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UBC Theses and Dissertations

Studies on the epinephrine-sensitive lipase of adipose tissue Yamamoto, Mas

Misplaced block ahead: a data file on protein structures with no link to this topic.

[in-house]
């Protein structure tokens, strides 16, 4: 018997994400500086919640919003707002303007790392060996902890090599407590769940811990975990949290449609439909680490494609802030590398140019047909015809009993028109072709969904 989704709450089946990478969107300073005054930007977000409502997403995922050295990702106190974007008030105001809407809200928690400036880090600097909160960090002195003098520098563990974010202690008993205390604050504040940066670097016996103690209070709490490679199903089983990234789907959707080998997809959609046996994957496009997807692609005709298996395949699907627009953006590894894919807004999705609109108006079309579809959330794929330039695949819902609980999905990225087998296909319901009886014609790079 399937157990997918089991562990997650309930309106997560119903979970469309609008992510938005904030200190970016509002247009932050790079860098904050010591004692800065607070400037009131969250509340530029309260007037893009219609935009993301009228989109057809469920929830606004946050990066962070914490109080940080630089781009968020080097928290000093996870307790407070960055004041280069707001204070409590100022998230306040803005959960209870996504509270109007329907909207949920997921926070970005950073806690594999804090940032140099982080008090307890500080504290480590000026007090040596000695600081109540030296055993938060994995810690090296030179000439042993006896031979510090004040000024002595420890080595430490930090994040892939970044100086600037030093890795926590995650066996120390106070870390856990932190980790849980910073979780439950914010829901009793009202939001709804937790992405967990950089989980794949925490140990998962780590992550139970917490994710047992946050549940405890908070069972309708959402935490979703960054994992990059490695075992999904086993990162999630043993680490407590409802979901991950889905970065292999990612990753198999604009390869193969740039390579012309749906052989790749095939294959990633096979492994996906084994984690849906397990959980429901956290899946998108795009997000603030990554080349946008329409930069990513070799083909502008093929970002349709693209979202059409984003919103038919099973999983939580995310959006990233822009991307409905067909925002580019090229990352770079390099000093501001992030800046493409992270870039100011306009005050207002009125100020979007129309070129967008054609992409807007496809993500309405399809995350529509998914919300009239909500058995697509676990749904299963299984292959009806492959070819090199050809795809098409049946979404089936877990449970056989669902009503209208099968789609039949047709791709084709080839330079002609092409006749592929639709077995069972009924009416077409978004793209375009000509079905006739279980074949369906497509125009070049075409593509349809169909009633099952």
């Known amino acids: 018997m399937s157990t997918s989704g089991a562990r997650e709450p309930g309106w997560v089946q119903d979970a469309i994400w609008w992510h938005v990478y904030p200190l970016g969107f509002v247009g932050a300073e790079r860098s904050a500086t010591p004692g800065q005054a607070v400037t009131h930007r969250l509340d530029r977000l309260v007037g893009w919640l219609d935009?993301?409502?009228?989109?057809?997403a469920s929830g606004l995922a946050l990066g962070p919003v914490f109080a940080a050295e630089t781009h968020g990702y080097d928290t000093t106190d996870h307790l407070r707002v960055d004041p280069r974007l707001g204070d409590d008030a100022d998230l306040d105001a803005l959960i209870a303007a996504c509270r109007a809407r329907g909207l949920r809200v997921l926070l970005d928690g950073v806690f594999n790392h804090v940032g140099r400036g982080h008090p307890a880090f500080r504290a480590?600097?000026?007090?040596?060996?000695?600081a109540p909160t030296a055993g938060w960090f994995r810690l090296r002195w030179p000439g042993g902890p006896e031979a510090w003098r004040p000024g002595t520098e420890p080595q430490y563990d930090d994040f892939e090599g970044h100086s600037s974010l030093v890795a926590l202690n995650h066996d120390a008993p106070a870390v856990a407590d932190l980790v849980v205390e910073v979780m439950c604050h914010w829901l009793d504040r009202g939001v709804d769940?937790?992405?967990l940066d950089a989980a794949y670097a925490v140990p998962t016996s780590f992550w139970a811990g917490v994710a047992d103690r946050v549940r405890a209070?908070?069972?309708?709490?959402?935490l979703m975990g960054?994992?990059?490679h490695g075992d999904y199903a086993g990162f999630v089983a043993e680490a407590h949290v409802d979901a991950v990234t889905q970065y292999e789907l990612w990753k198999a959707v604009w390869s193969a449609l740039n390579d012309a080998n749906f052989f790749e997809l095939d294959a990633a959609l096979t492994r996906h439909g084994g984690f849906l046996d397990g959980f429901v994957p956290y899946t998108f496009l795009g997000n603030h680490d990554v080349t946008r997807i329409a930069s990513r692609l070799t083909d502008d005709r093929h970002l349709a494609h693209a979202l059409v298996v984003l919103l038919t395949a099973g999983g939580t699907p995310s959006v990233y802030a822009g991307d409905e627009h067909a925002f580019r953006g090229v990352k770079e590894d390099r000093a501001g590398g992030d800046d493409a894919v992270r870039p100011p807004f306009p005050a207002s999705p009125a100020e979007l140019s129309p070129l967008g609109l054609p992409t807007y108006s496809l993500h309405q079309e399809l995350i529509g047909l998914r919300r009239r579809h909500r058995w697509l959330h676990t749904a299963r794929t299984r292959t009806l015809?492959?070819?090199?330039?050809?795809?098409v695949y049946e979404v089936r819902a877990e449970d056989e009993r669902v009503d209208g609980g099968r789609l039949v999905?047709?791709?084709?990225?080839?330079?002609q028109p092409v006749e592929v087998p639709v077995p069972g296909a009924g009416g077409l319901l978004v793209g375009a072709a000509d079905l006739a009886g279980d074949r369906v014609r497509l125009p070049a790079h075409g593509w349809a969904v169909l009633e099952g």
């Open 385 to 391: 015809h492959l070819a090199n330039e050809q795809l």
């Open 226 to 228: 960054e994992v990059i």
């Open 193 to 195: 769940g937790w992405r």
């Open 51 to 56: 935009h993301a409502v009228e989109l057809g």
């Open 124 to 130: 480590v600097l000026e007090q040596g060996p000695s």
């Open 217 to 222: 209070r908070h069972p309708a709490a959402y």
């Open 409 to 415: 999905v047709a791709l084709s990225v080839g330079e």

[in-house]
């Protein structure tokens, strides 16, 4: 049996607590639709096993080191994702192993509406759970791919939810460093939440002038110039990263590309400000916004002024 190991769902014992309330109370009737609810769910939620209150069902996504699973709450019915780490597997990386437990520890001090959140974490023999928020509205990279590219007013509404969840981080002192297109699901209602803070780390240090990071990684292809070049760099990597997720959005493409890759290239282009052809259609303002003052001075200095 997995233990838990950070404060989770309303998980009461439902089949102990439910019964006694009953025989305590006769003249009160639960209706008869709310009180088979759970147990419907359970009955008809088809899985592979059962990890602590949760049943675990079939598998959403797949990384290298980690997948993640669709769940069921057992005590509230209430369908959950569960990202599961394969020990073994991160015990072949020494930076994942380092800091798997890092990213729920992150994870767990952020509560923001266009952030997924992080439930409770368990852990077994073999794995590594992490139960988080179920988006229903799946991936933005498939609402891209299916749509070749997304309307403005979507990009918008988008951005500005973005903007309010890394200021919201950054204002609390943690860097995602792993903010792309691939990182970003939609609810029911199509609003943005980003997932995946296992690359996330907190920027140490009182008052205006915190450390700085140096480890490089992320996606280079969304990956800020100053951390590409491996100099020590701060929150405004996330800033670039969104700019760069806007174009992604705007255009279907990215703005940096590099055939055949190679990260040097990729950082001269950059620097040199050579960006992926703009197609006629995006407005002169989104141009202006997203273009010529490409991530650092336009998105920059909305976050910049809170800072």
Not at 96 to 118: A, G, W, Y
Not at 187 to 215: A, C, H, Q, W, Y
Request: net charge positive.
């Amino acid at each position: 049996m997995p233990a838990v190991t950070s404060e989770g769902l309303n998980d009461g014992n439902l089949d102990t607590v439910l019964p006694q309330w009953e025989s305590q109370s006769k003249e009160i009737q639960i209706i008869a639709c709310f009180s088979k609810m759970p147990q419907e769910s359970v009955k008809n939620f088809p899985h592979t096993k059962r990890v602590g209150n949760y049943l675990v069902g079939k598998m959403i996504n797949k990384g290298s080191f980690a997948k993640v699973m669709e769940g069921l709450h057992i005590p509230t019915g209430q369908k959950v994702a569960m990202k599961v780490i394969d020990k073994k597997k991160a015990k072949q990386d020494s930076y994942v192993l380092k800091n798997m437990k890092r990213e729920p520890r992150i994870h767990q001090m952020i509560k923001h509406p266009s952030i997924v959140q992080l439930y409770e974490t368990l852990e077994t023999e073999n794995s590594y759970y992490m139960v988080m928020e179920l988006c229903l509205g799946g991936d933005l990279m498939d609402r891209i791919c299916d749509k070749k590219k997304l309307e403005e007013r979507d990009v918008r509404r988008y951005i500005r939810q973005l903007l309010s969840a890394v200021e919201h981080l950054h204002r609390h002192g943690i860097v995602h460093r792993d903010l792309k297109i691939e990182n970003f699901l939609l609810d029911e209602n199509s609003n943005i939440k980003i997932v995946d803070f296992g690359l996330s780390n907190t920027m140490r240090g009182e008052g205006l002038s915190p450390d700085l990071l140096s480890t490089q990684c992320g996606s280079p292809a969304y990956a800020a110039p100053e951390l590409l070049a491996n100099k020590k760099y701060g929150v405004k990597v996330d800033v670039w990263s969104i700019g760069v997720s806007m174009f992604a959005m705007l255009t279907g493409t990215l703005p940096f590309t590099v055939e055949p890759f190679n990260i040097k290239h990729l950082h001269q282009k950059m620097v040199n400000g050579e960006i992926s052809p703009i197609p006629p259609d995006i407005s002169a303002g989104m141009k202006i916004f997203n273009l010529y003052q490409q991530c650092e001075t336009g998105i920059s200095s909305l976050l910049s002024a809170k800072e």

The study of the role of adipose tissue in the maintenance of the caloric homeostasis of organisms is currently the object of widespread research. In particular, the enzymes of lipid metabolism in adipose tissue are being extensively investigated in both intact fat pads and in broken-cell preparations. Special attention is being paid to factors which control the activity of these enzymes. We have examined some properties of a lipase in epididymal fat pads of rats. The enzyme has been assayed by measuring the free fatty acids liberated when triglycerides are incubated with crude adipose tissue extracts. Quantitative measurements of free fatty acids were performed by (a) titrating the liberated acid with dilute alkali solution, and (b) reacting the free fatty acids with Cu⁺⁺ to form the chloroform-soluble copper soap of long chain fatty acids, then assaying the copper with diethyl-dithiocarbamate spectrophotometrically. It is well known that lipase activity in adipose tissue decreases during incubation in a Krebs-Ringer bicarbonate medium at 37°C. The de-activated enzyme can be activated by briefly exposing the intact tissue to epinephrine. The study of this epinephrine-sensitive lipase in adipose tissue has been the main object of this thesis. When epinephrine was added to media containing intact epididymal fat pads, the dramatic mobilization of free fatty acids from the pads into the media was observed. When epinephrine was added directly to unfractionated homogenates, little, if any, response was elicited, indicating perhaps that some activating factor was destroyed or diluted out during homogenization. When ATP, cyclic 3',5'-AMP and Mg⁺⁺ were added to unfractionated homogenates of adipose tissue, some lipase activation was observed. Similarly, when these nucleotides and Mg⁺⁺ were added to the supernatant fluid obtained from centrifuged homogenates, some activation of the lipase was observed, although the results obtained were not consistent. Other nucleotide 3',5'-cyclic phosphates generally inhibited lipase activity in the supernatant fluid. Our data indicates that epinephrine activates adipose tissue lipase only when added to the intact fat pad before homogenization. Little or no activation occurred when the amine was added to homogenates. Cyclic 3',5'-AMP had some ability to reactivate the lipase, both in unfractionated homogenates and in the supernatant fluid prepared by centrifugation. The effects, however, were not marked. It is concluded that if epinephrine-activation of adipose tissue is mediated through cyclic 3',5'-AMP, precise conditions for showing this have not yet been achieved. Additional experiments were performed on the epinephrine-sensitive lipase. Intact adipose tissue obtained from reserpinized rats was exposed to epinephrine after a 3-hour incubation period. The results indicated that epinephrine does not activate the lipolytic system in adipose tissue of reserpinized rats. Finally, some of the factors regulating the degree of inactivation of the epinephrine-sensitive lipase during incubation were investigated. Fat pads removed from rats which had been either anaesthetized or not anaesthetized prior to sacrifice were incubated for 3 hours. Data collected from a number of experiments indicated that there were virtually no differences in the extent of lipase inactivation between the two groups of rats.

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